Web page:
The halachic concepts involved in the laws of niddah are directly related to female reproductive anatomy. Familiarity with basic biological concepts is important for understanding these laws.
The uterus, or womb, is shaped roughly like an upside down pear. The lining of the uterus is called the endometrium. This lining grows anew each month and is shed when you get your period. The lower, narrow section of the uterus is called the cervix.
The ovaries are two small glands located on either side of the uterus but not attached to it. They produce the eggs that are released during ovulation, as well as the hormones that govern the menstrual cycle such as estrogen and progesterone.
Branching out of the wider part of the uterus towards the ovaries are the fallopian tubes. At ovulation, the fingerlike extensions on the ends of the tubes help gather the egg released from the ovary. The egg travels down the fallopian tube to the uterus.
The cervix hangs down into the top portion of the vagina. The opening of the cervix, through which menstrual blood exits, is called the os.
The vagina is a muscular tube about three inches long. It has an amazing ability to stretch, and can accomodate a full-size baby.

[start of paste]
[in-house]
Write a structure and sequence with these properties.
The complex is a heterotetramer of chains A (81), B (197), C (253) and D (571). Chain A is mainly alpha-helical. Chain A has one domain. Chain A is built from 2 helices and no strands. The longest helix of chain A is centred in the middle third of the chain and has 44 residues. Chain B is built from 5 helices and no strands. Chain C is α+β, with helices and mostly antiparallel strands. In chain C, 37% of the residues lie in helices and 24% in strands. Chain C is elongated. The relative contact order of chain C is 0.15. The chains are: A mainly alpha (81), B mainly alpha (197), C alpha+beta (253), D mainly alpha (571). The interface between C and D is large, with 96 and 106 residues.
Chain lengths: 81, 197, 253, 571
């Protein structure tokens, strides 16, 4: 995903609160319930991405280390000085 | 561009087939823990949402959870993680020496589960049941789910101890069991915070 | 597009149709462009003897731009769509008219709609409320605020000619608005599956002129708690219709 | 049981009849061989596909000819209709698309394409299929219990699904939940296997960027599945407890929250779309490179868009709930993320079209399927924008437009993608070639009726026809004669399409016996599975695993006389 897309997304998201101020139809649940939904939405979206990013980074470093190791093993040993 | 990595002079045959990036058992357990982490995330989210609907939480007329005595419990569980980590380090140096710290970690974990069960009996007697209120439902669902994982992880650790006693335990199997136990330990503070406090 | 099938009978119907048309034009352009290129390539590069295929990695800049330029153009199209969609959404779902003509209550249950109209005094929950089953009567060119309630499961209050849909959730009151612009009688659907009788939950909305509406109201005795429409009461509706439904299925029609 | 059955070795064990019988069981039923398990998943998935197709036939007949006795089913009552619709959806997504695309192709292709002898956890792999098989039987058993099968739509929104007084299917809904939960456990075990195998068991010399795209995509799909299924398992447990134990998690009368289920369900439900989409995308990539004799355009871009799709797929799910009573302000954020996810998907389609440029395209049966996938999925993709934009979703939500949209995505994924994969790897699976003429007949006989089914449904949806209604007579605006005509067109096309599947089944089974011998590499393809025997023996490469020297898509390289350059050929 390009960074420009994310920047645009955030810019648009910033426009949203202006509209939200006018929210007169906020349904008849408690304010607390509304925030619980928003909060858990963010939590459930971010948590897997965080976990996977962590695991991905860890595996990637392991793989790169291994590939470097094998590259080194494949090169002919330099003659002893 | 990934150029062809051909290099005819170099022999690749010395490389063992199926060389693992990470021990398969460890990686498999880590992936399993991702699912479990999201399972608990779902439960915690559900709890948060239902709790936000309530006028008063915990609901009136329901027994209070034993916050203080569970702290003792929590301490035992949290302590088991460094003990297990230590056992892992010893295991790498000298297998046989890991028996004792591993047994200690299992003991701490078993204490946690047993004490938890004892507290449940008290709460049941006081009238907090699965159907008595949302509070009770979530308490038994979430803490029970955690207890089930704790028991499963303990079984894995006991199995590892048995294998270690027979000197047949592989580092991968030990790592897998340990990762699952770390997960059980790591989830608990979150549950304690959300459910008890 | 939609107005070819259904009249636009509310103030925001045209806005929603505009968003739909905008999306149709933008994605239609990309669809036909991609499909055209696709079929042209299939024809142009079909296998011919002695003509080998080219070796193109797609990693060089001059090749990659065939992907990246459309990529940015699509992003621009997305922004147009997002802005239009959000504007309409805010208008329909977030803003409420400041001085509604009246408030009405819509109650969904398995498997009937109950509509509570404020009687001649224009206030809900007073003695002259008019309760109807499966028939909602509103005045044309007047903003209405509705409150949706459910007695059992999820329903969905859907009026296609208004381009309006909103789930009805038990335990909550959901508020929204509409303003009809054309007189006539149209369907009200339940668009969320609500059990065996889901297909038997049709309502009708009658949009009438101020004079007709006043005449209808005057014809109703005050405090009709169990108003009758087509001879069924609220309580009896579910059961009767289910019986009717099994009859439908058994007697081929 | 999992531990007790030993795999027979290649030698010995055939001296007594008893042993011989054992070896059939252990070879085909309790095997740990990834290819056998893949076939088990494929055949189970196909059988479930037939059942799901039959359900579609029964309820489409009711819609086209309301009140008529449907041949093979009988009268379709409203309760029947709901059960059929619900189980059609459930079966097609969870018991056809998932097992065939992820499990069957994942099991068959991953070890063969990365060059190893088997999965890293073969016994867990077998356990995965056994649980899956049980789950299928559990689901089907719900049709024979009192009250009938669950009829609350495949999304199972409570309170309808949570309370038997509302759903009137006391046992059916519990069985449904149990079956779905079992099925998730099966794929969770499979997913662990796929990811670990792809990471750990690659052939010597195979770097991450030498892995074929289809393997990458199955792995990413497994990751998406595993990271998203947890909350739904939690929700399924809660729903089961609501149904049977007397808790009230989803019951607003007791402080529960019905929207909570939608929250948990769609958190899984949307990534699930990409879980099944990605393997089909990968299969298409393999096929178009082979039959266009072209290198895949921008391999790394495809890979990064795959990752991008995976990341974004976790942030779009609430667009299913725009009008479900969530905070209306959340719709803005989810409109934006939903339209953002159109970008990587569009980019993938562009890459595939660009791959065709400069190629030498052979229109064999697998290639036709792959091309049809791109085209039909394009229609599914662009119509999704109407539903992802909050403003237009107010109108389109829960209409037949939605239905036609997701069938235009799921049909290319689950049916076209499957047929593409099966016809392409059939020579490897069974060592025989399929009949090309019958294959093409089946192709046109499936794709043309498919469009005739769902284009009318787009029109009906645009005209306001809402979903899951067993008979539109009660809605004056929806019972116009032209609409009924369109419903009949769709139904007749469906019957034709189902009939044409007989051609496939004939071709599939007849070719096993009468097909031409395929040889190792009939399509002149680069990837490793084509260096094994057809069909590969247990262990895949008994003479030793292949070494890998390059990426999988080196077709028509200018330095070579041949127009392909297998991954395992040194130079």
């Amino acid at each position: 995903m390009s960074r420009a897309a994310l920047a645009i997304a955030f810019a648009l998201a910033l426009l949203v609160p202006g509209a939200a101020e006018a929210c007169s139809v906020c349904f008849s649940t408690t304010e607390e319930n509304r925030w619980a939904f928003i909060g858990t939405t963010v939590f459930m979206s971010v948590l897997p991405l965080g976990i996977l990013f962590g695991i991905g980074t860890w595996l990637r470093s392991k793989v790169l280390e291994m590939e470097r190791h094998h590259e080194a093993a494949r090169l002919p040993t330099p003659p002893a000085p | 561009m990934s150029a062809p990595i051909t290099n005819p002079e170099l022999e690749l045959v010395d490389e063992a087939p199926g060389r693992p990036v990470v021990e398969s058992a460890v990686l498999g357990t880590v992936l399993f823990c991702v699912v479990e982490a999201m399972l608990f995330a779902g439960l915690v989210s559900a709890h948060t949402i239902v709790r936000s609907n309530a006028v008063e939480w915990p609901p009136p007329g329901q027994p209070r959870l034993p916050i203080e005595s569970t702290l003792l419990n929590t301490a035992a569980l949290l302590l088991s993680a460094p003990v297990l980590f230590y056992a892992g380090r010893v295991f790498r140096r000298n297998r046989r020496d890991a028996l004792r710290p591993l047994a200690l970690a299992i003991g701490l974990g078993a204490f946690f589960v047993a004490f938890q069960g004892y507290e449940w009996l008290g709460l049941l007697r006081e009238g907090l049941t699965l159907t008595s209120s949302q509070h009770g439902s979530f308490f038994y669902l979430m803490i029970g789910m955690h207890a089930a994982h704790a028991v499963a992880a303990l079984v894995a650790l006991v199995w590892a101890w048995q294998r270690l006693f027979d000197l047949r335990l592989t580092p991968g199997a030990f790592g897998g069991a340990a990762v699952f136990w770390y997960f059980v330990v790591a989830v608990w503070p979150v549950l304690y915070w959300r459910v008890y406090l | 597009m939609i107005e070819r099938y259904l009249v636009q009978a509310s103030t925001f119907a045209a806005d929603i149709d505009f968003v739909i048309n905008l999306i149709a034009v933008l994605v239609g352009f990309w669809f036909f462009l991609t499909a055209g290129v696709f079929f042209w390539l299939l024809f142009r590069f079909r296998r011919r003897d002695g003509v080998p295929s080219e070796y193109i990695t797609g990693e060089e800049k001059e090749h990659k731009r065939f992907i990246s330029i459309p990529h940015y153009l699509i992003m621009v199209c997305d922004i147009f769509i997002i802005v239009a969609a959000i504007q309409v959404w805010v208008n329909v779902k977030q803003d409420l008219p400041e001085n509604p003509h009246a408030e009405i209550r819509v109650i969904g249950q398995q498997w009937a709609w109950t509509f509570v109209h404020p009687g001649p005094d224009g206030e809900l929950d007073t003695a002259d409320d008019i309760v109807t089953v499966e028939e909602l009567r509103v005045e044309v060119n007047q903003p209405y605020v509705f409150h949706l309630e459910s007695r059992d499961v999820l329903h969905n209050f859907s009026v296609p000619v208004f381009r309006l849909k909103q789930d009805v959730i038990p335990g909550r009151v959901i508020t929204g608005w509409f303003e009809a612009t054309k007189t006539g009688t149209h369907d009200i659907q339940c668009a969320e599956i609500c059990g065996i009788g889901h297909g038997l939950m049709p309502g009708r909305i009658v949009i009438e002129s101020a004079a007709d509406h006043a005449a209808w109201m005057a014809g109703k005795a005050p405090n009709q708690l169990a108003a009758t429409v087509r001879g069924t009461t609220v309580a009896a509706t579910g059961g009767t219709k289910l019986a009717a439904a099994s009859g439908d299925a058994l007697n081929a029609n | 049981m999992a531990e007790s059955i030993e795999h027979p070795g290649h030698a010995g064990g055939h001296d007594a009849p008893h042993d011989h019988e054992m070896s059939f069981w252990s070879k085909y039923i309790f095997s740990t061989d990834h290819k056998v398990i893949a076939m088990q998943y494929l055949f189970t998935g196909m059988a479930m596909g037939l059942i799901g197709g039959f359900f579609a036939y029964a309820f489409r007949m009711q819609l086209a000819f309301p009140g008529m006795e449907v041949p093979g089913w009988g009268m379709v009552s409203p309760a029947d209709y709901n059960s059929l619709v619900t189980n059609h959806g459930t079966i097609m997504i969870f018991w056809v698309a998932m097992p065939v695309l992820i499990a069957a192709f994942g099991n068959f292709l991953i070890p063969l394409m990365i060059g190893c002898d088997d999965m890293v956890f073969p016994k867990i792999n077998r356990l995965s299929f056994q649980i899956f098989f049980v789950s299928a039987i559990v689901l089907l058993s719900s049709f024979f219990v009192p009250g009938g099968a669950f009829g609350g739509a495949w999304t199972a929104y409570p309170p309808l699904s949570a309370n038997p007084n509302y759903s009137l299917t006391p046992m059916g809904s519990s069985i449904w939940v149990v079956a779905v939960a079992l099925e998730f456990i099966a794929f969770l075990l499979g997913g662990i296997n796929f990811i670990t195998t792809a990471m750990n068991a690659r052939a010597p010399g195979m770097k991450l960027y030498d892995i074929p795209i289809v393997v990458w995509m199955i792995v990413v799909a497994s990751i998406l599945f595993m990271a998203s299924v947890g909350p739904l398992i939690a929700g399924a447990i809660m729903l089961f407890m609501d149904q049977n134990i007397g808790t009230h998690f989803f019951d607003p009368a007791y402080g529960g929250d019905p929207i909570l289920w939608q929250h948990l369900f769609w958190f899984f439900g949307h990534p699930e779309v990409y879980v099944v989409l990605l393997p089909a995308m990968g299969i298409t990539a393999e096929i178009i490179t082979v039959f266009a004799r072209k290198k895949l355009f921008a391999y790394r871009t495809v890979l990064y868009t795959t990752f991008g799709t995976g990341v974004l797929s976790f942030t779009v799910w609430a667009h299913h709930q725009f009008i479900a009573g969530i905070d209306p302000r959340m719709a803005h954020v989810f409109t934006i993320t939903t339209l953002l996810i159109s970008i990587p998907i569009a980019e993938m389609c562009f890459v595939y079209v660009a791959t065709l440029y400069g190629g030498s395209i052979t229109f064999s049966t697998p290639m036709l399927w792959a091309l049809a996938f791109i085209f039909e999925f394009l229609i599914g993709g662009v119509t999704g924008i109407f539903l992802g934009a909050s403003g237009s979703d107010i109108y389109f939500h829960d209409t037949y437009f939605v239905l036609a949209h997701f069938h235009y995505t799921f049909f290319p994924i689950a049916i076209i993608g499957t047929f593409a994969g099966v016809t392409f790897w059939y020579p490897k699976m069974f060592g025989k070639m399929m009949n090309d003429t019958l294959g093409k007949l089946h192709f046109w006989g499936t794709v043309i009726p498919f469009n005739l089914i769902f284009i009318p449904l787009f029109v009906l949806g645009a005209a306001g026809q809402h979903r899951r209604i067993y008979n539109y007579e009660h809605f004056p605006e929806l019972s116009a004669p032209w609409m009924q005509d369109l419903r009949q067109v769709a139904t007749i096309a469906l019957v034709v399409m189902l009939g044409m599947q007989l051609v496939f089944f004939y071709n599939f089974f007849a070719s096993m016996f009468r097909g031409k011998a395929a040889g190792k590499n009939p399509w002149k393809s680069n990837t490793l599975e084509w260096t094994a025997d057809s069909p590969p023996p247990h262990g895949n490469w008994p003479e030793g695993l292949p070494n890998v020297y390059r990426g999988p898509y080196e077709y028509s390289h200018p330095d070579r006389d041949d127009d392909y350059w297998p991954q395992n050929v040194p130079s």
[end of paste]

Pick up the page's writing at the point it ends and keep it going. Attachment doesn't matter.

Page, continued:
The hymen is a thin membrane that covers part of the opening of the vagina. There is a hole in the middle through which menstrual blood can flow. This membrane is stretched during marital relations and generally disappears after a few times.
The area surrounding the vaginal opening is called the vulva. Click here for a diagram . The vulva includes two sets of labia (lips). The outer lips are called the labia majora; the inner, thinner ones are the labia minora. The clitoris is found under the hood of the labia minora. The opening of the urethra, the tube through which urine exits the body, is directly in front of the vaginal opening. Behind the vagina is the anus, where stool exits. The area of skin between the vagina and the anus is known as the perineum.